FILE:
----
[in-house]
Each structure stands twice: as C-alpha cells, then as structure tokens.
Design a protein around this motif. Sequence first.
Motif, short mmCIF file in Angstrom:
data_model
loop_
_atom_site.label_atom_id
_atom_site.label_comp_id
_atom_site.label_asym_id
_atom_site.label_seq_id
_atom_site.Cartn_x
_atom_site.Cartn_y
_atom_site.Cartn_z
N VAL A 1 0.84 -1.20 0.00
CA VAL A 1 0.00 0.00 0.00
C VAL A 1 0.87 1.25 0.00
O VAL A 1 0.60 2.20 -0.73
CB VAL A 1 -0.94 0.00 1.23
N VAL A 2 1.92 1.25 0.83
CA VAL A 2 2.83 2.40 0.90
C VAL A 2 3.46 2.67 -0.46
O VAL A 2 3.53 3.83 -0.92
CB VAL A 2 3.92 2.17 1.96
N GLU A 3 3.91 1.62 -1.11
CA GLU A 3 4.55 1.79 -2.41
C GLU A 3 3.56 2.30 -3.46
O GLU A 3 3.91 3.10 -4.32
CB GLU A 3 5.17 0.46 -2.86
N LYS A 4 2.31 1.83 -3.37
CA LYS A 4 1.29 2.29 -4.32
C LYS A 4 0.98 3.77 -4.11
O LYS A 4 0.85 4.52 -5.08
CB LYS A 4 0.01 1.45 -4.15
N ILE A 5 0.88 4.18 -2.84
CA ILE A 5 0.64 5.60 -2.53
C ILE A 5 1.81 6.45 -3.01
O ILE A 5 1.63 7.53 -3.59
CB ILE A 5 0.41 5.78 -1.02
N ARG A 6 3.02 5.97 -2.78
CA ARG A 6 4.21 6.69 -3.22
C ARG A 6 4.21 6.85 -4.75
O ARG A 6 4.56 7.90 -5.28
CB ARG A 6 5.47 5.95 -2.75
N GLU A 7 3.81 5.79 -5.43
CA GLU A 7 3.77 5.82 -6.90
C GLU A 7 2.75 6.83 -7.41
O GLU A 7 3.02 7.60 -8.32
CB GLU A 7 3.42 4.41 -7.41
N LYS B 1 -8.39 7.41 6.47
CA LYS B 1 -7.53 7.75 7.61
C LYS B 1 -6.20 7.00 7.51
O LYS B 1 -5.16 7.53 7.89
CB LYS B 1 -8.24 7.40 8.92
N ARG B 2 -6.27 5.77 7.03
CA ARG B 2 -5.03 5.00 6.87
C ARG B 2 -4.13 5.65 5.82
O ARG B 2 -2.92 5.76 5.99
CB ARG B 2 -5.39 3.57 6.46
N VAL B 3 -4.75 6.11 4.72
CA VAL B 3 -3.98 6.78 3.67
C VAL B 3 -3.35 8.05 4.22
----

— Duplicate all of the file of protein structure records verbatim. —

[in-house]
Each structure stands twice: as C-alpha cells, then as structure tokens.
Design a protein around this motif. Sequence first.
Motif, short mmCIF file in Angstrom:
data_model
loop_
_atom_site.label_atom_id
_atom_site.label_comp_id
_atom_site.label_asym_id
_atom_site.label_seq_id
_atom_site.Cartn_x
_atom_site.Cartn_y
_atom_site.Cartn_z
N VAL A 1 0.84 -1.20 0.00
CA VAL A 1 0.00 0.00 0.00
C VAL A 1 0.87 1.25 0.00
O VAL A 1 0.60 2.20 -0.73
CB VAL A 1 -0.94 0.00 1.23
N VAL A 2 1.92 1.25 0.83
CA VAL A 2 2.83 2.40 0.90
C VAL A 2 3.46 2.67 -0.46
O VAL A 2 3.53 3.83 -0.92
CB VAL A 2 3.92 2.17 1.96
N GLU A 3 3.91 1.62 -1.11
CA GLU A 3 4.55 1.79 -2.41
C GLU A 3 3.56 2.30 -3.46
O GLU A 3 3.91 3.10 -4.32
CB GLU A 3 5.17 0.46 -2.86
N LYS A 4 2.31 1.83 -3.37
CA LYS A 4 1.29 2.29 -4.32
C LYS A 4 0.98 3.77 -4.11
O LYS A 4 0.85 4.52 -5.08
CB LYS A 4 0.01 1.45 -4.15
N ILE A 5 0.88 4.18 -2.84
CA ILE A 5 0.64 5.60 -2.53
C ILE A 5 1.81 6.45 -3.01
O ILE A 5 1.63 7.53 -3.59
CB ILE A 5 0.41 5.78 -1.02
N ARG A 6 3.02 5.97 -2.78
CA ARG A 6 4.21 6.69 -3.22
C ARG A 6 4.21 6.85 -4.75
O ARG A 6 4.56 7.90 -5.28
CB ARG A 6 5.47 5.95 -2.75
N GLU A 7 3.81 5.79 -5.43
CA GLU A 7 3.77 5.82 -6.90
C GLU A 7 2.75 6.83 -7.41
O GLU A 7 3.02 7.60 -8.32
CB GLU A 7 3.42 4.41 -7.41
N LYS B 1 -8.39 7.41 6.47
CA LYS B 1 -7.53 7.75 7.61
C LYS B 1 -6.20 7.00 7.51
O LYS B 1 -5.16 7.53 7.89
CB LYS B 1 -8.24 7.40 8.92
N ARG B 2 -6.27 5.77 7.03
CA ARG B 2 -5.03 5.00 6.87
C ARG B 2 -4.13 5.65 5.82
O ARG B 2 -2.92 5.76 5.99
CB ARG B 2 -5.39 3.57 6.46
N VAL B 3 -4.75 6.11 4.72
CA VAL B 3 -3.98 6.78 3.67
C VAL B 3 -3.35 8.05 4.22